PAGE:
Medicine

Science

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DNA mutagenesis, genetic variants, DNA library

New Technique May Speed Search for Genetic Roots of Disease

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A new technique to cheaply and rapidly create sets of DNA fragments that include all possible genetic variants will help scientists distinguish between genetic variants linked to disease and those that are innocuous.

Medicine

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HIV, Nephropathy, Kidney Disease

Researchers Identify Receptor That May Allow HIV to Infect Kidney Cells

• New research suggests that transmembrane TNF-alpha may allow HIV to infect kidney cells that not express the major HIV-1 CD4 receptor. The findings could provide insights on how patients develop HIV-1 associated nephropathy.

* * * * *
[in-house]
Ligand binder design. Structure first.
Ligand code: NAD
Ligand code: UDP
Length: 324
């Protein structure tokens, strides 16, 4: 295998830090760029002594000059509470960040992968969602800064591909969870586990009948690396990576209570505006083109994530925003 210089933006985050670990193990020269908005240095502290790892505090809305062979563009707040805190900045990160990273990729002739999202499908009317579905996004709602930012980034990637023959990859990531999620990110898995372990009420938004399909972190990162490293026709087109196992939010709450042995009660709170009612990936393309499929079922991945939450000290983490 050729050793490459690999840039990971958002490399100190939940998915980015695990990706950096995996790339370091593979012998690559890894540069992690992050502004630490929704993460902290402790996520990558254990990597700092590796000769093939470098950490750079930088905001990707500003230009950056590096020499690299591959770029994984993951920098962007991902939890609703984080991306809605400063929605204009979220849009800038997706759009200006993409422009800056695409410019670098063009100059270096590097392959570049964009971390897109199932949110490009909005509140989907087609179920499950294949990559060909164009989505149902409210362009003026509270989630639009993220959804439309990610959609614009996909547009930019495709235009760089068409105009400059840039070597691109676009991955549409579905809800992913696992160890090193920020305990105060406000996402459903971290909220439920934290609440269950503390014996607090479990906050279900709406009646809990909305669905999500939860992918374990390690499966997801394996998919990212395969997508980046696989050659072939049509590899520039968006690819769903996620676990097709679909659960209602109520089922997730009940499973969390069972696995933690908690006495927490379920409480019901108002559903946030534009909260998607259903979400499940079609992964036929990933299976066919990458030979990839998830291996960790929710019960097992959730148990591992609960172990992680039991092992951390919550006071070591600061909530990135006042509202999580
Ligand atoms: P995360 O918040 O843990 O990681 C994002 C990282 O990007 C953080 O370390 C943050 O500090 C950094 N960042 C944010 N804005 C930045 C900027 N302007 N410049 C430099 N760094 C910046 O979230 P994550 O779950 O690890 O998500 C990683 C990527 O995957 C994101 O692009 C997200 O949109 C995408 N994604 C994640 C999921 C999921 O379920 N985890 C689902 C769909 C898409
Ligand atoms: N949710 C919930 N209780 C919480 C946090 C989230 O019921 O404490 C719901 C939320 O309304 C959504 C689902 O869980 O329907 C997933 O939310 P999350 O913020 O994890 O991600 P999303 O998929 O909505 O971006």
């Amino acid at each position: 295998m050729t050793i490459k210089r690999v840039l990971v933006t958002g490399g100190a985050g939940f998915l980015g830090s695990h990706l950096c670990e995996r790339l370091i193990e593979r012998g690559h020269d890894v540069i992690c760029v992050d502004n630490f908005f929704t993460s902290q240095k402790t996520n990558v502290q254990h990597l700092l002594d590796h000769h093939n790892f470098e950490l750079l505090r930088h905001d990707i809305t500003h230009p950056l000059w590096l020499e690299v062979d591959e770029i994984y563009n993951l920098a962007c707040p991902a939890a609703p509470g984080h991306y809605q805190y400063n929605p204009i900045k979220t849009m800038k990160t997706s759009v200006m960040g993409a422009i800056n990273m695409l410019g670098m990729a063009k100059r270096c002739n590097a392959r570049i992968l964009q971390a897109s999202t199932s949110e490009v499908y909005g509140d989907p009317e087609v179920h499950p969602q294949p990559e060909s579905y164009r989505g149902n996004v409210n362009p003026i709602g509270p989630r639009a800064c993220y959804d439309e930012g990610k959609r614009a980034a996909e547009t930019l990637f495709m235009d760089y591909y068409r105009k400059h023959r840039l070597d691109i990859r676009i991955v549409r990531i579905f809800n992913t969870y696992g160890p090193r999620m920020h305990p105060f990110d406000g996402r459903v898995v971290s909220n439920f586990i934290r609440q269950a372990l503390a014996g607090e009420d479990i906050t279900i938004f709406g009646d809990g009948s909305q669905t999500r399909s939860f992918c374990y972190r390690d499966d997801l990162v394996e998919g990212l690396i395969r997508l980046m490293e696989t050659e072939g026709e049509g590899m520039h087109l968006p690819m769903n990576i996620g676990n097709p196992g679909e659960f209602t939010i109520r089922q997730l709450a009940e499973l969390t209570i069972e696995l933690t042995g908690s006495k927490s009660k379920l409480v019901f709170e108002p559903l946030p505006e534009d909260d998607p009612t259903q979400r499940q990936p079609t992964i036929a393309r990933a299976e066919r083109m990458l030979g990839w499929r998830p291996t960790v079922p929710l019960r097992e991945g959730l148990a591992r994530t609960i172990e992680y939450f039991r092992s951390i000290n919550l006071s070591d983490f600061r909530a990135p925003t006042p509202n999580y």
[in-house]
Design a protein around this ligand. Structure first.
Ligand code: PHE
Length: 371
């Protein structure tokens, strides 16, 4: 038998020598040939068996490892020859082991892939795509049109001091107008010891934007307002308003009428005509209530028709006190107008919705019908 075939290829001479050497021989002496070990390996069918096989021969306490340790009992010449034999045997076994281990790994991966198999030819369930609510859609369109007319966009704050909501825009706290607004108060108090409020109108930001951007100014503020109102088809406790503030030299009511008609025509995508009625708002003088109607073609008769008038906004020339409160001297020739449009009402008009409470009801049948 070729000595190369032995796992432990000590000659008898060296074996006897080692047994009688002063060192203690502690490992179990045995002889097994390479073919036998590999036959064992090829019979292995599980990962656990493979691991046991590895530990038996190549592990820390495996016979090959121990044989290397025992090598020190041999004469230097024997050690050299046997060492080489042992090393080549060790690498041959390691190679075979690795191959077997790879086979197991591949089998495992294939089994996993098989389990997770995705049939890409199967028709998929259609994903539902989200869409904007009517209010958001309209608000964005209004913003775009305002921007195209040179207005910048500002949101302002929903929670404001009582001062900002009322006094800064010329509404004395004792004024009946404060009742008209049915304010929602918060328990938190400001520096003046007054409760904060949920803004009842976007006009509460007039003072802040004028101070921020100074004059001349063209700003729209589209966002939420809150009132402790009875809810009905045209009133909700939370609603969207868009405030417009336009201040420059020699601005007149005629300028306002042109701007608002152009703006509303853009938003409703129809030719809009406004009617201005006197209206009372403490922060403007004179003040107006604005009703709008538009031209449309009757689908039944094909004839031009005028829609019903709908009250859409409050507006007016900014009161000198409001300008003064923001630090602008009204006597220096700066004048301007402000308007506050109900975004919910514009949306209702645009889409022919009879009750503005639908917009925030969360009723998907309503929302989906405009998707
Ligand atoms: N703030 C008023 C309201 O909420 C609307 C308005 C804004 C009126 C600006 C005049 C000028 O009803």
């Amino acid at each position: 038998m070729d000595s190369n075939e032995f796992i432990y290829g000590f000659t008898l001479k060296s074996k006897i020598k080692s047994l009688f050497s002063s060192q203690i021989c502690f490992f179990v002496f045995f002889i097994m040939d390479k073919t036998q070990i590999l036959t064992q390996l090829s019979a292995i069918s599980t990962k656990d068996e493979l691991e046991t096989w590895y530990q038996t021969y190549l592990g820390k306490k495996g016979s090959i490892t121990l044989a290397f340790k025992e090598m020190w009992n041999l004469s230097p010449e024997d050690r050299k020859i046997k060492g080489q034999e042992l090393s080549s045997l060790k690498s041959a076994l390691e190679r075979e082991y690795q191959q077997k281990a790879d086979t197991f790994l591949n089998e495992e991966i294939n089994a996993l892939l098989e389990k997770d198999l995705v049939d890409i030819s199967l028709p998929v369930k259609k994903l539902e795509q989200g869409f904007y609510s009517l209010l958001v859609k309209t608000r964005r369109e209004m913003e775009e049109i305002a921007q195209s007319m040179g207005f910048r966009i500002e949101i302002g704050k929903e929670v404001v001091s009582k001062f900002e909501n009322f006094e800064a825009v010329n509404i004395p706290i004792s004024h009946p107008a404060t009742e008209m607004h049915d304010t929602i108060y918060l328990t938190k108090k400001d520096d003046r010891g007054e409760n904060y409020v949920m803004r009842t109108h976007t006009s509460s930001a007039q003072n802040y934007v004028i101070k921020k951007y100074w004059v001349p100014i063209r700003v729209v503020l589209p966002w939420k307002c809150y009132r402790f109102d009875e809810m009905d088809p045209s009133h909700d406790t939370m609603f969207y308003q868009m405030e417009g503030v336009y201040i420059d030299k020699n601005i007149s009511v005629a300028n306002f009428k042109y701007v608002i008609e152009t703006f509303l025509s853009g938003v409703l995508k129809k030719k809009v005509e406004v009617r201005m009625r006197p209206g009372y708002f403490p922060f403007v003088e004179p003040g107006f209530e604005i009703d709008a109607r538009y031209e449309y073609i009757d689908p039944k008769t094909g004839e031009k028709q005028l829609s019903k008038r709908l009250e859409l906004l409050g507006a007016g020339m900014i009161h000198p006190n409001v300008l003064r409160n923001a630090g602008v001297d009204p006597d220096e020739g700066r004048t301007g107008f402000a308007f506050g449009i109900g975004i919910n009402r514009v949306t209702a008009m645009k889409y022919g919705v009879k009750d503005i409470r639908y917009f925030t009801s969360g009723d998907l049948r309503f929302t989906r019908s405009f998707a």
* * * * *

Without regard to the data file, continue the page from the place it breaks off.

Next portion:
Medicine

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How AIDS Conquered North America

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Researchers were able to restore HIV genomes from serum samples more than 40 years old, enabling them to reconstruct the origins of the AIDS pandemic in unprecedented detail

Medicine

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New Insight on Cytomegalovirus Infection, Breakthrough Therapy for Patients with Giant Cell Arteritis, Zika Infection May Affect Adult Brain Cells and More in the Cell Biology News Source

The Latest in Cell Biology News